For more information on this program, take a look at the program fact sheet, view the recorded webinar below, review the presentation slides, take a look at the Q&A from the session, and reach out to your local rural development office (contacts listed below).
Q- What is the general timeline that a community might expect to receive funding?
A- It will depend on when the community reaches out to their local USDA Rural Development office. Their office’s fiscal year begins on October 1st, and if at that time there is no budget in place they will be operating on a continuing resolution. When their office has been allocated funding for the year they are better able to estimate the timelines for funding. They also need to consider priority areas for funding, such as areas with lower incomes and smaller populations. Projects only requesting loans can often be funded fairly quickly. It will also depend on the type of project, construction projects will require more time and planning than the equipment project due to environmental review processes required for construction projects.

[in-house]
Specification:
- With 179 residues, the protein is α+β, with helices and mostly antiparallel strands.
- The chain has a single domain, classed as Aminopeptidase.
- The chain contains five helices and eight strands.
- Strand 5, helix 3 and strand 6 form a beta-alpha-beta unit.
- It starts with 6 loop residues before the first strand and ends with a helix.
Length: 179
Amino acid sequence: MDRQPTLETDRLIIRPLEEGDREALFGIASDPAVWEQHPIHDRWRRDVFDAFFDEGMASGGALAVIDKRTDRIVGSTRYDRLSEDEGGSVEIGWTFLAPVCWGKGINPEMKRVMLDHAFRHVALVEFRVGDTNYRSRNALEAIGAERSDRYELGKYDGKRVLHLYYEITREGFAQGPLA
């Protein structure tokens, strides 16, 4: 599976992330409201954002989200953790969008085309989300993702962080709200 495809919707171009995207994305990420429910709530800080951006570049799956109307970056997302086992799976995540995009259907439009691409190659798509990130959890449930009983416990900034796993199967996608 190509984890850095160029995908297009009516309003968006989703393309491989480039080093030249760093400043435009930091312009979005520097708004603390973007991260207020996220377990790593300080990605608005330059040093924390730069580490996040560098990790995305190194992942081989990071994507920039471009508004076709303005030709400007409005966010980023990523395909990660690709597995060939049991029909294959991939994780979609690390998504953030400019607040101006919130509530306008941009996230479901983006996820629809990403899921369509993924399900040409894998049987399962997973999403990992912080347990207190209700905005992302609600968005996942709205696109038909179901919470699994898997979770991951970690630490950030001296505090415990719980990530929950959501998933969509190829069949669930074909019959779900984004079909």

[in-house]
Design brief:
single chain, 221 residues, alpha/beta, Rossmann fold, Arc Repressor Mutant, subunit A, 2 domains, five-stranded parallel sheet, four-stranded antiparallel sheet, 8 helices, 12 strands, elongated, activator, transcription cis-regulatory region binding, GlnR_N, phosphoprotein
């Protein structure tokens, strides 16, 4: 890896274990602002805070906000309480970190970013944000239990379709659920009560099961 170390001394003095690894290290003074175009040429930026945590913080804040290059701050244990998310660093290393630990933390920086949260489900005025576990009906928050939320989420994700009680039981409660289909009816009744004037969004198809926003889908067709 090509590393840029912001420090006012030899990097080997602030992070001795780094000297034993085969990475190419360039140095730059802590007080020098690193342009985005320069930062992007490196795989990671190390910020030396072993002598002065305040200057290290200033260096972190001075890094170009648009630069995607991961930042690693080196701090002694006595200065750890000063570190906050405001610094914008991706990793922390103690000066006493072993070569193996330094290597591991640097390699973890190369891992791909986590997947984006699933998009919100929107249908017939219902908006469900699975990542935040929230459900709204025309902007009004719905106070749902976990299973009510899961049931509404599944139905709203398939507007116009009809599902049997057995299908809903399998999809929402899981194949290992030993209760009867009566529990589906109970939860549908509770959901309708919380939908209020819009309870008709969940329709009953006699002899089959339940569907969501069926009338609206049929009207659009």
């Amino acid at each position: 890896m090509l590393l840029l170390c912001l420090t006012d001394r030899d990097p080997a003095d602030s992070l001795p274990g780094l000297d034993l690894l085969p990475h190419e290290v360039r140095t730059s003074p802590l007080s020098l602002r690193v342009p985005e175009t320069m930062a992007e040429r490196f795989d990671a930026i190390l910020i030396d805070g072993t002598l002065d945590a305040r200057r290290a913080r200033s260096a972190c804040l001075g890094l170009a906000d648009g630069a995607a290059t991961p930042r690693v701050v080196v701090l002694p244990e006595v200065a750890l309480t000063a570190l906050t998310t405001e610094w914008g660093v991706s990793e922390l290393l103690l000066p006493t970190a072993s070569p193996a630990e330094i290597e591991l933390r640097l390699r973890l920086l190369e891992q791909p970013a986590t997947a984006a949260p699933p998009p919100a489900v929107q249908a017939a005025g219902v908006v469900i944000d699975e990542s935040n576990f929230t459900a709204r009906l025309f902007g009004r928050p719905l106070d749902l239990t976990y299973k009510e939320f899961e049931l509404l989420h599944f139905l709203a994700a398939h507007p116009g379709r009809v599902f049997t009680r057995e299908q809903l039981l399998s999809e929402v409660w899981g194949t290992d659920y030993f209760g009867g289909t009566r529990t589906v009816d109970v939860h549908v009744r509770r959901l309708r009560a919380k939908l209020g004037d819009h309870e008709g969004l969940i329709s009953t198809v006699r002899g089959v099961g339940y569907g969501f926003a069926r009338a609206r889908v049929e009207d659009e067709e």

Q- In the presentation, it was mentioned that the grants are typically in high demand, is there a certain time of year that you see that the grants have already been assigned for communities to know when they should be planning to try to get their applications in?
A- Our fiscal year ends on September 30th and the remaining Community Facility Direct Loan and Grant Program funds that have not been used by state area USDA offices are pooled by the National office in early August. Applications are accepted year-round, but funding can run low especially when we reach the June or July timeframe.
Q- Is the program rolling? If an application is submitted for funding when funding is low would they be able to apply the next year with the same project?
A- Yes, this is a rolling application program. If an applicant applies at a time when funding has already been allocated, the program will keep the applicant’s application active for the next funding cycle.